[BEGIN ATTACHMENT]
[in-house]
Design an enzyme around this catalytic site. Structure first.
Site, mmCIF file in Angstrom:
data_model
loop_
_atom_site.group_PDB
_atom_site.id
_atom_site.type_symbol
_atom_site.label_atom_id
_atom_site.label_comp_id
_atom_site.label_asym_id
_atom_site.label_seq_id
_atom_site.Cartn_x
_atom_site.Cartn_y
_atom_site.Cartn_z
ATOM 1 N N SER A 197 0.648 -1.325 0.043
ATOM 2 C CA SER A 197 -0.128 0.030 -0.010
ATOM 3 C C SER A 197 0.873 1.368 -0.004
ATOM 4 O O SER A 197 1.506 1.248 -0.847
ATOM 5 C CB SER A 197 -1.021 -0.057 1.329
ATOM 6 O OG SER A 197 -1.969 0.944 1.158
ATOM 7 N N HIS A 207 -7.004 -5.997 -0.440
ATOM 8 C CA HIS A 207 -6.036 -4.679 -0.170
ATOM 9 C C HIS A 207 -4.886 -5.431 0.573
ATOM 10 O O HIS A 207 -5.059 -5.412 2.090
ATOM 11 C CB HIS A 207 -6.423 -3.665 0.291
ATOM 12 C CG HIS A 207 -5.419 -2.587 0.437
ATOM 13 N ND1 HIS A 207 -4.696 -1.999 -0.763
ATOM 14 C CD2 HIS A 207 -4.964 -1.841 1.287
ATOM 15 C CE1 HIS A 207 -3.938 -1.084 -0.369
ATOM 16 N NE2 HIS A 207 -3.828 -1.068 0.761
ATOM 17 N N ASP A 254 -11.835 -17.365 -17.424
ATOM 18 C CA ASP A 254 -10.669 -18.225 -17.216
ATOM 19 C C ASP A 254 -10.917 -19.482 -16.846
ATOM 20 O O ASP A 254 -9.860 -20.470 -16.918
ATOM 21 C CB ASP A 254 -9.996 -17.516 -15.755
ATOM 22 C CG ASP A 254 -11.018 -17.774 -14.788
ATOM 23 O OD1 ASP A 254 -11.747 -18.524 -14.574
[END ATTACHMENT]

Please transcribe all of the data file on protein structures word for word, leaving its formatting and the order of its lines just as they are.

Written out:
[in-house]
Design an enzyme around this catalytic site. Structure first.
Site, mmCIF file in Angstrom:
data_model
loop_
_atom_site.group_PDB
_atom_site.id
_atom_site.type_symbol
_atom_site.label_atom_id
_atom_site.label_comp_id
_atom_site.label_asym_id
_atom_site.label_seq_id
_atom_site.Cartn_x
_atom_site.Cartn_y
_atom_site.Cartn_z
ATOM 1 N N SER A 197 0.648 -1.325 0.043
ATOM 2 C CA SER A 197 -0.128 0.030 -0.010
ATOM 3 C C SER A 197 0.873 1.368 -0.004
ATOM 4 O O SER A 197 1.506 1.248 -0.847
ATOM 5 C CB SER A 197 -1.021 -0.057 1.329
ATOM 6 O OG SER A 197 -1.969 0.944 1.158
ATOM 7 N N HIS A 207 -7.004 -5.997 -0.440
ATOM 8 C CA HIS A 207 -6.036 -4.679 -0.170
ATOM 9 C C HIS A 207 -4.886 -5.431 0.573
ATOM 10 O O HIS A 207 -5.059 -5.412 2.090
ATOM 11 C CB HIS A 207 -6.423 -3.665 0.291
ATOM 12 C CG HIS A 207 -5.419 -2.587 0.437
ATOM 13 N ND1 HIS A 207 -4.696 -1.999 -0.763
ATOM 14 C CD2 HIS A 207 -4.964 -1.841 1.287
ATOM 15 C CE1 HIS A 207 -3.938 -1.084 -0.369
ATOM 16 N NE2 HIS A 207 -3.828 -1.068 0.761
ATOM 17 N N ASP A 254 -11.835 -17.365 -17.424
ATOM 18 C CA ASP A 254 -10.669 -18.225 -17.216
ATOM 19 C C ASP A 254 -10.917 -19.482 -16.846
ATOM 20 O O ASP A 254 -9.860 -20.470 -16.918
ATOM 21 C CB ASP A 254 -9.996 -17.516 -15.755
ATOM 22 C CG ASP A 254 -11.018 -17.774 -14.788
ATOM 23 O OD1 ASP A 254 -11.747 -18.524 -14.574